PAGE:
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Danielle Deadwyler attributes Oscars snub of ‘Till’ to racism against Black women

A standing woman, holding papers, talks to a seated woman in a living room.
Danielle Deadwyler, left, and Whoopi Goldberg in the movie “Till.”
(Lynsey Weatherspoon / Orion Pictures)
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For the first time since she was shut out of the 2023 Oscars nominations last month, actor Danielle Deadwyler has addressed the snub of her performance in “Till.” She says racism against Black women was a factor.

Deadwyler played Mamie Till, the grieving mother of Emmett Till, the 14-year-old whose 1955 Mississippi murder helped spur the civil rights movement. Despite critical acclaim for her performance and the film leading up to awards season, academy voters overlooked Deadwyler.

That, along with Viola Davis’ snub for “The Woman King,” prompted many to resurrect the #OscarsSoWhite hashtag and criticize the academy for its continued lack of diversity and equality.

The day after nominations were announced, Chinonye Chukwu, the director of “Till,” addressed her film’s lack of Oscar recognition.

“We live in a world and work in industries that are so aggressively committed to upholding whiteness and perpetuating an unabashed misogyny towards Black women,” Chukwu wrote on Instagram on Jan. 25.

From critics groups to the guilds to the Academy Awards, Hollywood’s highest honors continue to overlook Black women — eight years after #OscarsSoWhite.

Jan. 25, 2023

Deadwyler, however, had not spoken publicly about the situation until this week on the film podcast “Kermode and Mayo’s Take,” when she was asked about Chukwu’s comments.

“We’re talking about people who perhaps chose not to see the film — we’re talking about misogynoir — like it comes in all kinds of ways, whether it’s direct or indirect. It impacts who we are,” Deadwyler said on the podcast, according to Entertainment Weekly.

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Her mention of “misogynoir” refers to a term coined by Black feminist activist and scholar Moya Bailey to describe hatred directed at Black women, typically within portrayals of American visual arts and pop culture.

The 2023 Oscar nominations did not include any for Black performers in a leading role. Many point to the snubs of Viola Davis and Danielle Deadwyler.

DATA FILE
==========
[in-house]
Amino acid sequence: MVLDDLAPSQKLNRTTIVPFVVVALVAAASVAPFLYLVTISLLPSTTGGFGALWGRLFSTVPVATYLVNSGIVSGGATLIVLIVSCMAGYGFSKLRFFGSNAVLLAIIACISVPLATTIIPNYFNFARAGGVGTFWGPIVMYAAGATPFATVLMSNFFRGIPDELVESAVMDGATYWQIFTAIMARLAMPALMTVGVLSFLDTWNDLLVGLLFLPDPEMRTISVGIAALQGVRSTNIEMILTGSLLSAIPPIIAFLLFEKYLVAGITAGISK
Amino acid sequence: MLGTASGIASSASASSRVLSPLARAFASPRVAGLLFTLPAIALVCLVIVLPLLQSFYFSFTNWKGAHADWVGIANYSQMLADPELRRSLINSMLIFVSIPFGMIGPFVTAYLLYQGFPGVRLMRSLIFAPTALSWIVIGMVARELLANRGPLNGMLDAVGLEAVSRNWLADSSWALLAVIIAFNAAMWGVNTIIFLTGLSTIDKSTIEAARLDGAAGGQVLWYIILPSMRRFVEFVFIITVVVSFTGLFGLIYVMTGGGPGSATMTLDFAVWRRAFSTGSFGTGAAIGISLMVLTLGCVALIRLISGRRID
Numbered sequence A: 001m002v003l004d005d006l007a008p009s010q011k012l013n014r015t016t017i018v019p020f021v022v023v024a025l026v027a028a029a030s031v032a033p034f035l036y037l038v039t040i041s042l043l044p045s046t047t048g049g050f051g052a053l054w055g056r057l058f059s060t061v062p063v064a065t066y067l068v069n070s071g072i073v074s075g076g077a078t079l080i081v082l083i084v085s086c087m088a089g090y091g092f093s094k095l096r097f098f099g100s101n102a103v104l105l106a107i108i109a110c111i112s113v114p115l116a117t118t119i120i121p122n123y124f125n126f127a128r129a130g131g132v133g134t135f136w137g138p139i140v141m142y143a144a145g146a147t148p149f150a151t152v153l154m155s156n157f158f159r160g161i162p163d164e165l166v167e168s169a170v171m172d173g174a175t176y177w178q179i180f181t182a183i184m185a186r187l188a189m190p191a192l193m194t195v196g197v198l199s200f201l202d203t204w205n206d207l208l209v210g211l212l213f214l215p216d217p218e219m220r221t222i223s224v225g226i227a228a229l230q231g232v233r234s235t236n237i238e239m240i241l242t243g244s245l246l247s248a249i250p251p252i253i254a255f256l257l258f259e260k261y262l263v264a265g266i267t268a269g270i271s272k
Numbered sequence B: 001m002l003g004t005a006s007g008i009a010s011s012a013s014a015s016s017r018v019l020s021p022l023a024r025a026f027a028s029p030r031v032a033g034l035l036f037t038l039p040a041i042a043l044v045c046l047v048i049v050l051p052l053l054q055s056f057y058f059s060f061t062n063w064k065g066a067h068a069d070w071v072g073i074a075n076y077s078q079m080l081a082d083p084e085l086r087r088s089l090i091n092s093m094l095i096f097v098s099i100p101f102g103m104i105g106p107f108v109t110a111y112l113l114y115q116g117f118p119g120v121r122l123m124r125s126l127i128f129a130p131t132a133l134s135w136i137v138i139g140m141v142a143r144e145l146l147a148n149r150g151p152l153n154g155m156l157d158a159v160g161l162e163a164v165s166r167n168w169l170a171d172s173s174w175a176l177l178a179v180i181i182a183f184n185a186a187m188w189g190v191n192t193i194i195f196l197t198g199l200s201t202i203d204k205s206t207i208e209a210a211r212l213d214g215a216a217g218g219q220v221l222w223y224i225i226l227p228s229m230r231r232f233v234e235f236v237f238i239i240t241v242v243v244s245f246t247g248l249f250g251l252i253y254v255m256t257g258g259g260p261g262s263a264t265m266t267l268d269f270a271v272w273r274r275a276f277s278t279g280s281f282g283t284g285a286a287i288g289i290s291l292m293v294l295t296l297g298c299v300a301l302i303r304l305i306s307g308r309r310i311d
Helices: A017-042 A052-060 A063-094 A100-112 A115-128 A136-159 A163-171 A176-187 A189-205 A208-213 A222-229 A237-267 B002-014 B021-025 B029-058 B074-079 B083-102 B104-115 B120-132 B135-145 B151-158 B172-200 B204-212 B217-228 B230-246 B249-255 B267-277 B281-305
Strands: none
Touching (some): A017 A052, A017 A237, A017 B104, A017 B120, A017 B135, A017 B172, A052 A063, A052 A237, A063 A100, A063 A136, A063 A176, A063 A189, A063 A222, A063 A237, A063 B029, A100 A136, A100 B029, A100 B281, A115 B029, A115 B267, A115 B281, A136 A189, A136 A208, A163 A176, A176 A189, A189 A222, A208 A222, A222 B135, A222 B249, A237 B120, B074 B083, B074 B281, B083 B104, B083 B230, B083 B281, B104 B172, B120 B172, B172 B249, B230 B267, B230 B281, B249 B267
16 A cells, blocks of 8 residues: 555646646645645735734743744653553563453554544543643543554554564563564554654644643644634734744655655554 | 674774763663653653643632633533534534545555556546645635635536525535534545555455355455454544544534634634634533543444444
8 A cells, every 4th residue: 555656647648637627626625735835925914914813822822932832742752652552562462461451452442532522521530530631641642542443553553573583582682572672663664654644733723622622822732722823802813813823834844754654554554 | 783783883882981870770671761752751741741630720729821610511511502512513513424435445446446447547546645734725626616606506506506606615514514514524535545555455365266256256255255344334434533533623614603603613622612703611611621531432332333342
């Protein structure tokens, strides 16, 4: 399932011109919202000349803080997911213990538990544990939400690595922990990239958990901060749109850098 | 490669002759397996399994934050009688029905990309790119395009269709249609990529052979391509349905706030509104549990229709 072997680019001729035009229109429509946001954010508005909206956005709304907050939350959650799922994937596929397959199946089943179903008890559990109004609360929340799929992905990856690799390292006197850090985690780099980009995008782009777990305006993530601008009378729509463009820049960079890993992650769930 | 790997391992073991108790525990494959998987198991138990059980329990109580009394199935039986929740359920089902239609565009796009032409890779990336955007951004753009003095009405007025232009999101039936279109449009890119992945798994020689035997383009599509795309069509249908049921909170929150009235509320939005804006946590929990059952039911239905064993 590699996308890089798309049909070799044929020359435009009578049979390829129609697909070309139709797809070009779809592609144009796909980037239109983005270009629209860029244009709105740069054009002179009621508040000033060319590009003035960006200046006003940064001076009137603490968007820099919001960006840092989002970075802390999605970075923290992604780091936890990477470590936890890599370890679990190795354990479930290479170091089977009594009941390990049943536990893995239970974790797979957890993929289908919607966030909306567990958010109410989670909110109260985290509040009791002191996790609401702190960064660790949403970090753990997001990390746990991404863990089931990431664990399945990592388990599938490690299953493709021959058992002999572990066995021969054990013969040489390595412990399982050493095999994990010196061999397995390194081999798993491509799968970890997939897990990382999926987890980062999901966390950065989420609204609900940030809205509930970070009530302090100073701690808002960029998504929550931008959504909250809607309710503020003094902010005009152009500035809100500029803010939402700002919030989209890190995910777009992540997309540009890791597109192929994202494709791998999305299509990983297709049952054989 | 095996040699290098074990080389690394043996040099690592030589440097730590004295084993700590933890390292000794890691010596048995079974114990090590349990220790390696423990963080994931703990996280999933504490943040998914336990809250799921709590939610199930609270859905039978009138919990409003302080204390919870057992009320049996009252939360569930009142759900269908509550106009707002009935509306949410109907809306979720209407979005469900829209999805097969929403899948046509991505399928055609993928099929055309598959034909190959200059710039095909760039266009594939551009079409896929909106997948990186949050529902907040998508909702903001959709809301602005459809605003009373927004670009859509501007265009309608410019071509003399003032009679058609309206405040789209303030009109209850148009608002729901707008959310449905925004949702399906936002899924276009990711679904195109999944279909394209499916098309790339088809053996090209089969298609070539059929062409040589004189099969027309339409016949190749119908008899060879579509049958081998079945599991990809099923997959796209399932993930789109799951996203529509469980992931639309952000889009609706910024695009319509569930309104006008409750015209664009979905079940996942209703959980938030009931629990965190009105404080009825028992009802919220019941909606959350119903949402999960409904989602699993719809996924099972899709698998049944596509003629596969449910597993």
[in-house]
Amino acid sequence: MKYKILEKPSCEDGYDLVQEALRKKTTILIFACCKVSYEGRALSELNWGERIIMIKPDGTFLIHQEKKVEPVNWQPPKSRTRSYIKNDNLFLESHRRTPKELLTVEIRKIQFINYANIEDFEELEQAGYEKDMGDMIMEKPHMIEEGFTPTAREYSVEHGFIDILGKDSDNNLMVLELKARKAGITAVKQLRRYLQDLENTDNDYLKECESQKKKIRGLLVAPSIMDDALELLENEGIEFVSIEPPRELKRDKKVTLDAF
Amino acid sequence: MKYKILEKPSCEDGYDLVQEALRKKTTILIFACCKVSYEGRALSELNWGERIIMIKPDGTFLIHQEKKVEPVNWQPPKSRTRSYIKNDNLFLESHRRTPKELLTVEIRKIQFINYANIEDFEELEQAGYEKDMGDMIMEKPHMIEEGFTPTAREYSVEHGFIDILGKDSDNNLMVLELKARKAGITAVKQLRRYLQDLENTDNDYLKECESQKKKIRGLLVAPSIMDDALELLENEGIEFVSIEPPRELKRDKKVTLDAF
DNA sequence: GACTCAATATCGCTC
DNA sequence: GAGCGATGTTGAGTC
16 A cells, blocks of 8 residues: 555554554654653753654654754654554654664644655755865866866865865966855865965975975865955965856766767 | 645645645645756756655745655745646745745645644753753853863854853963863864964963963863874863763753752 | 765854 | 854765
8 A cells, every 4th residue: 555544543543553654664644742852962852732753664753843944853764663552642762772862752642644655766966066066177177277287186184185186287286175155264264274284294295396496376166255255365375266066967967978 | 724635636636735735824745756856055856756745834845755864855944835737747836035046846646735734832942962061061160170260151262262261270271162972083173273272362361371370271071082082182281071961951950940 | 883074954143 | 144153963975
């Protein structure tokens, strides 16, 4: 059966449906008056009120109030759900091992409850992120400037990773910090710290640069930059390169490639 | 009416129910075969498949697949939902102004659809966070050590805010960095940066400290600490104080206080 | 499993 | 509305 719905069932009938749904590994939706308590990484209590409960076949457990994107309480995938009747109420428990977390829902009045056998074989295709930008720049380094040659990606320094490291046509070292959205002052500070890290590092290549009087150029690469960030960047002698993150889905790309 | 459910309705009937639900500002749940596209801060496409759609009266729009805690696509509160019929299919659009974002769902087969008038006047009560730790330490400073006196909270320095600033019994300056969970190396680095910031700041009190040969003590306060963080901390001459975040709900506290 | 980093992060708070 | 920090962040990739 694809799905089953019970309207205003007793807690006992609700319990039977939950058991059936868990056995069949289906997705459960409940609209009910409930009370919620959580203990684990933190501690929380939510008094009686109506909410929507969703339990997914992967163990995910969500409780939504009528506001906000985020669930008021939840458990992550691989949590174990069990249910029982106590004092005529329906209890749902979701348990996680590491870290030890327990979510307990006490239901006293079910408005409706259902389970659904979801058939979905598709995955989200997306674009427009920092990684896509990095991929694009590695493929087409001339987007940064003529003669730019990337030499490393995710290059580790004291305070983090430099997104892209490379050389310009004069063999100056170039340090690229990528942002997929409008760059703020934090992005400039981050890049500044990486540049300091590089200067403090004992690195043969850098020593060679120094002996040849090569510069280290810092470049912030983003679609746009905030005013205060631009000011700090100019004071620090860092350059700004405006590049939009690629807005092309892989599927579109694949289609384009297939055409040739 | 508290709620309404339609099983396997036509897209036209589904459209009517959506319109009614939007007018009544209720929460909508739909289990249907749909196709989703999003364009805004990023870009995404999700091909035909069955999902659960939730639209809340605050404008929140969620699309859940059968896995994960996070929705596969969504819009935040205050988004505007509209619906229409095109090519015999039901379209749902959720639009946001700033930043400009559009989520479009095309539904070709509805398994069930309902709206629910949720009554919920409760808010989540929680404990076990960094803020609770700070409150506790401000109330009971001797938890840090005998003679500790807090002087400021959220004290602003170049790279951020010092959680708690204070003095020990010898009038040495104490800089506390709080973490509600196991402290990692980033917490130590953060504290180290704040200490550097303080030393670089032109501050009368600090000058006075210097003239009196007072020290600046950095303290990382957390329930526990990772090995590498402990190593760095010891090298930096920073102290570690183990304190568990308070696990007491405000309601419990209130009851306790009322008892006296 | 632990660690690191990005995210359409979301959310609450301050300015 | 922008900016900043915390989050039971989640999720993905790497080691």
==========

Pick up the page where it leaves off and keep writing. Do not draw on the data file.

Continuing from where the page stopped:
Jan. 24, 2023

“I think the question is more on people who are living in whiteness, white people’s assessment of the spaces they are privileged by,” Deadwyler continued. “We’ve seen it exist in a governmental capacity — it can exist on a societal capacity, be it global or national.”

Such systemic discrimination is a part of our everyday life and our industries, added Deadwyler, who has referred to herself as a child of “civil rights legacy institutions in Atlanta.”

“Everyone has to assess and investigate, source out and make more equitable,” she said. “Nobody is absolved of not participating in racism and not knowing that there is a possibility of its lingering effect on the spaces and the institution.”

Chinonye Chukwu’s portrait of Mamie Till-Mobley, mother of the slain Emmett Till, shows much of the same intelligent restraint as her 2019 drama, ‘Clemency.’

Oct. 12, 2022

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Upon the release of “Till” in October, Deadwyler’s performance was lauded by critics. The Times’ Justin Chang called her “an actor of rare expressive subtlety” who “projects an air of foreboding that merges with ours.”

Deadwyler earned nominations from the Critics Choice Awards, the British Academy Film Awards, the Screen Actors Guild Awards and the Gotham Independent Film Awards; at the last of those, she won the lead acting award.

After Oscar nominations were announced in January, Deadwyler’s supporters angrily pointed to the inclusion of dark horse Andrea Riseborough for her performance in “To Leslie.” Riseborough was the subject of an intense, last-minute Oscars campaign, during which a large group of mostly white A-list celebrities championed her performance.

Oscar nominations bring surprises, including Andrea Riseborough, Ana de Armas and Brian Tyree Henry; and snubs of Danielle Deadwyler and Viola Davis.

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However, some encouraged detractors to instead focus on the system itself, rather than solely blame Riseborough.

“What does it say that the Black women who did everything the institution asks of them — luxury dinners, private academy screenings, meet-and-greets, splashy television spots and magazine profiles — are ignored when someone who did everything outside of the system is rewarded?,” film critic Robert Daniels wrote in a recent column for The Times.

Deadwyler’s interview on “Kermode and Mayo’s Take” is available on Apple podcasts.

The 95th Academy Awards, televised on CBS, will take place on March 12 at the Dolby Theatre in Los Angeles.

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